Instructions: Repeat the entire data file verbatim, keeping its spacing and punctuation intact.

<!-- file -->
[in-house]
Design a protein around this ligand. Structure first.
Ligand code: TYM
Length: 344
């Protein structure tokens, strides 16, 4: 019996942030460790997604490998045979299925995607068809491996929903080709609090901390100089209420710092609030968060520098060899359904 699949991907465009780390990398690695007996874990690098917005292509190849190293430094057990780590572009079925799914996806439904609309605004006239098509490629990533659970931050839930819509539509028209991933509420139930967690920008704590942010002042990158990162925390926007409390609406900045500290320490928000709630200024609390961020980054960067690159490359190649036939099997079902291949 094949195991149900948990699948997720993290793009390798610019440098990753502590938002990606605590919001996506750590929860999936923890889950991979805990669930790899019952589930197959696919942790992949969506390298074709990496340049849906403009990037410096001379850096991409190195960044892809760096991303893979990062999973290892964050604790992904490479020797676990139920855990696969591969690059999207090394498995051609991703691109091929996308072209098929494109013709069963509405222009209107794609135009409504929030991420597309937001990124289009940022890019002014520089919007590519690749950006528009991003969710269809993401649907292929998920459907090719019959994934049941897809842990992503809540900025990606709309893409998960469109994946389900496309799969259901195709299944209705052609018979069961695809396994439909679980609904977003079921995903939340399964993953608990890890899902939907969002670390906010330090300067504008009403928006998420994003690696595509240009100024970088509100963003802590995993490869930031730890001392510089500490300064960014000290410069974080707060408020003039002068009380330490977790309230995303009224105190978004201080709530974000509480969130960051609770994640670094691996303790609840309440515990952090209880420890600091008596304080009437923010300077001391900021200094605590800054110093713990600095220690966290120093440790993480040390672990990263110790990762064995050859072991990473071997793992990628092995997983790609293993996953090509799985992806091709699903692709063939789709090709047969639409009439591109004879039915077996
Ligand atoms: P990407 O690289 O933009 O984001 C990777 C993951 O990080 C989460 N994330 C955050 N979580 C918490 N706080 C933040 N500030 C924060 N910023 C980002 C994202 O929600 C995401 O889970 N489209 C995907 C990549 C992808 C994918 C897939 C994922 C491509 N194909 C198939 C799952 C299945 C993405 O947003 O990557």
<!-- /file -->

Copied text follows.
[in-house]
Design a protein around this ligand. Structure first.
Ligand code: TYM
Length: 344
């Protein structure tokens, strides 16, 4: 019996942030460790997604490998045979299925995607068809491996929903080709609090901390100089209420710092609030968060520098060899359904 699949991907465009780390990398690695007996874990690098917005292509190849190293430094057990780590572009079925799914996806439904609309605004006239098509490629990533659970931050839930819509539509028209991933509420139930967690920008704590942010002042990158990162925390926007409390609406900045500290320490928000709630200024609390961020980054960067690159490359190649036939099997079902291949 094949195991149900948990699948997720993290793009390798610019440098990753502590938002990606605590919001996506750590929860999936923890889950991979805990669930790899019952589930197959696919942790992949969506390298074709990496340049849906403009990037410096001379850096991409190195960044892809760096991303893979990062999973290892964050604790992904490479020797676990139920855990696969591969690059999207090394498995051609991703691109091929996308072209098929494109013709069963509405222009209107794609135009409504929030991420597309937001990124289009940022890019002014520089919007590519690749950006528009991003969710269809993401649907292929998920459907090719019959994934049941897809842990992503809540900025990606709309893409998960469109994946389900496309799969259901195709299944209705052609018979069961695809396994439909679980609904977003079921995903939340399964993953608990890890899902939907969002670390906010330090300067504008009403928006998420994003690696595509240009100024970088509100963003802590995993490869930031730890001392510089500490300064960014000290410069974080707060408020003039002068009380330490977790309230995303009224105190978004201080709530974000509480969130960051609770994640670094691996303790609840309440515990952090209880420890600091008596304080009437923010300077001391900021200094605590800054110093713990600095220690966290120093440790993480040390672990990263110790990762064995050859072991990473071997793992990628092995997983790609293993996953090509799985992806091709699903692709063939789709090709047969639409009439591109004879039915077996
Ligand atoms: P990407 O690289 O933009 O984001 C990777 C993951 O990080 C989460 N994330 C955050 N979580 C918490 N706080 C933040 N500030 C924060 N910023 C980002 C994202 O929600 C995401 O889970 N489209 C995907 C990549 C992808 C994918 C897939 C994922 C491509 N194909 C198939 C799952 C299945 C993405 O947003 O990557």